Google Oct. 25 upgraded its Transparency Report tool to include the number of worldwide government data requests and product take-downs.
all of the griping the U.S. government does about Google's size and influence
in the Internet sector, the institution sure likes to tap the search engine
provider on the shoulder a lot for information.
(NASDAQ:GOOG) Oct. 25 revealed that the U.S.
government made a stunning 5,950 requests for data on Google user accounts or
from Jan. 1 to June 30 this year, a 29 percent hike from the
previous six months.
perspective, the U.S. government issued more than three times as many requests
for information, mostly concerning criminal matters, than India, whose
government made 1,739 queries for data. Google said the increase is natural,
as the company adds more Web services and users as time goes on.
data was released as part of a feature upgrade to the search engine provider's
Transparency Report software, an interactive tool Google
launched in April 2010 to fight censorship and inform citizens
requests for data and content removal from the world's governments.
move is also shrewdly calculated to influence reform in the Electronic
Communications Privacy Act, which allows law enforcement to access a person's
Internet activities without the approval of a court.
believe that providing this level of detail highlights the need to modernize
laws like the Electronic Communications Privacy Act, which regulates government
access to user information and was written 25 years ago-long before the average
person had ever heard of e-mail," explained Senior
Policy Analyst Dorothy Chou
which revealed that those inquiries spanned 11,057 individual users and their
accounts, said it completely or partially complied with 93 percent of the
requests, most of which were due to investigations of crimes.
company also received 92 requests from Uncle Sam to remove 757 pieces of
content, such as YouTube videos and content from Gmail, Blogger and other
sources, from its search results.
was less than half the number of requests for removal from Brazil's government,
which made 224 queries. Google attributed the high number for content removal
in Brazil relative to other countries to the popularity of Google's orkut
social networking Website.
complied with 63 percent of requests for content removal, compared with 67
percent in Brazil. Most of the "take down" requests, as they are
known in Internet industry parlance, are due to defamation. Others concern
allegations that the content violates laws prohibiting hate speech or
pornography. Google explained why it didn't comply with some requests:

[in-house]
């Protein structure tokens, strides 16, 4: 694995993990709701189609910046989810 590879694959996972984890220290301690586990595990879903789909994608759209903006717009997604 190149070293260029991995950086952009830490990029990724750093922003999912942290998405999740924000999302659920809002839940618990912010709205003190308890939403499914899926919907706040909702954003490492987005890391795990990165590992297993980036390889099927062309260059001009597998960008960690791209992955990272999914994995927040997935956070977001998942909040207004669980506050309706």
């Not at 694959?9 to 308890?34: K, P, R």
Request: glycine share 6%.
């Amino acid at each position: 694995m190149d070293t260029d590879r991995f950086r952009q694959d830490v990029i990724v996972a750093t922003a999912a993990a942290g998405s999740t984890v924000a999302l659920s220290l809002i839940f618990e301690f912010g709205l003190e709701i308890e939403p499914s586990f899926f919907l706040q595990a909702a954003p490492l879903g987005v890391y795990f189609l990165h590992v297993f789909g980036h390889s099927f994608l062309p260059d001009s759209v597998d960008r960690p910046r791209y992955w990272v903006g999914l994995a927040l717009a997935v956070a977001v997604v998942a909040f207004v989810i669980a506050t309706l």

received a request from a local law enforcement agency to remove YouTube videos
of police brutality, which we did not remove," the company explained.
"Separately, we received requests from a different local law enforcement
agency for removal of videos allegedly defaming law enforcement officials. We
did not comply with those requests, which we have categorized in this Report as
other countries have their quirks or anomalies that affect the way Google
incorporates (or doesn't include) data. For example, two requests resulted in
the removal of 1,814 items from AdWords for violating Norwegian marketing laws.
In India, Google received requests from law enforcement agencies to remove
YouTube videos that displayed protests against social leaders or used offensive
language in reference to religious leaders.
unclear how effective the Transparency Report will be beyond helping consumers
distinguish which governments are the greediest for information about criminal
matters, or which countries like to have Google zap information from their
is abundantly clear is that the report is another one of the company's exercises
in Big Data. That's the newfangled euphemism for business intelligence, a
market niche that is growing thanks to the proliferation of data created by
social networks and other information sources that are moving increasingly
for the first time ever, Google is making the raw data from the report
available for export in various machine-readable formats. The idea is that
developers and researchers can revisualize the data in different ways, or
cross-check the data with information from other organizations to reach